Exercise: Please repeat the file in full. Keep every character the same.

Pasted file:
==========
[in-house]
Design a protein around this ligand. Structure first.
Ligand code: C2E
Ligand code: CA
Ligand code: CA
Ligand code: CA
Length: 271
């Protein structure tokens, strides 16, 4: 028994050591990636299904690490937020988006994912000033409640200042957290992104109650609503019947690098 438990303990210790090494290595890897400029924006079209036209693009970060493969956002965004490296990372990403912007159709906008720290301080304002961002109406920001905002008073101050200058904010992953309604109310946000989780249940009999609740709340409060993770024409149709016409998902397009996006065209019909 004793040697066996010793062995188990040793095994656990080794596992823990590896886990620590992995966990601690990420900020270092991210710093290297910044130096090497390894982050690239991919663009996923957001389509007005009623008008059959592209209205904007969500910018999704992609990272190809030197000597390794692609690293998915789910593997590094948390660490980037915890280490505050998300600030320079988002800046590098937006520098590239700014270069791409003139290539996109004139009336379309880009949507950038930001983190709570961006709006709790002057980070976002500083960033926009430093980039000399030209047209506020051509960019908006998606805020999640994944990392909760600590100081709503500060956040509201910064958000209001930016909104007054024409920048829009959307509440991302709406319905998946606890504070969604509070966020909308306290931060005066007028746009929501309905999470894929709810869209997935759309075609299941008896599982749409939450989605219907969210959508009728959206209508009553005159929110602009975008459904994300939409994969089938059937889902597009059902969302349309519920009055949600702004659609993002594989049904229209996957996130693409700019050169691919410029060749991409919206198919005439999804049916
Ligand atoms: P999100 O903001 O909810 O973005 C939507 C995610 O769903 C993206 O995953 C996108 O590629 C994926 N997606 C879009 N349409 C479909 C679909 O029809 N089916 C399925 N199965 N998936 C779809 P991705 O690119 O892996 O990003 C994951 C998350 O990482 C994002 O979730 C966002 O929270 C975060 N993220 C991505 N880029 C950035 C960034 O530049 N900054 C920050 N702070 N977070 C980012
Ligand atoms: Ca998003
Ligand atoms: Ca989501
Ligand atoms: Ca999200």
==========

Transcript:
[in-house]
Design a protein around this ligand. Structure first.
Ligand code: C2E
Ligand code: CA
Ligand code: CA
Ligand code: CA
Length: 271
């Protein structure tokens, strides 16, 4: 028994050591990636299904690490937020988006994912000033409640200042957290992104109650609503019947690098 438990303990210790090494290595890897400029924006079209036209693009970060493969956002965004490296990372990403912007159709906008720290301080304002961002109406920001905002008073101050200058904010992953309604109310946000989780249940009999609740709340409060993770024409149709016409998902397009996006065209019909 004793040697066996010793062995188990040793095994656990080794596992823990590896886990620590992995966990601690990420900020270092991210710093290297910044130096090497390894982050690239991919663009996923957001389509007005009623008008059959592209209205904007969500910018999704992609990272190809030197000597390794692609690293998915789910593997590094948390660490980037915890280490505050998300600030320079988002800046590098937006520098590239700014270069791409003139290539996109004139009336379309880009949507950038930001983190709570961006709006709790002057980070976002500083960033926009430093980039000399030209047209506020051509960019908006998606805020999640994944990392909760600590100081709503500060956040509201910064958000209001930016909104007054024409920048829009959307509440991302709406319905998946606890504070969604509070966020909308306290931060005066007028746009929501309905999470894929709810869209997935759309075609299941008896599982749409939450989605219907969210959508009728959206209508009553005159929110602009975008459904994300939409994969089938059937889902597009059902969302349309519920009055949600702004659609993002594989049904229209996957996130693409700019050169691919410029060749991409919206198919005439999804049916
Ligand atoms: P999100 O903001 O909810 O973005 C939507 C995610 O769903 C993206 O995953 C996108 O590629 C994926 N997606 C879009 N349409 C479909 C679909 O029809 N089916 C399925 N199965 N998936 C779809 P991705 O690119 O892996 O990003 C994951 C998350 O990482 C994002 O979730 C966002 O929270 C975060 N993220 C991505 N880029 C950035 C960034 O530049 N900054 C920050 N702070 N977070 C980012
Ligand atoms: Ca998003
Ligand atoms: Ca989501
Ligand atoms: Ca999200």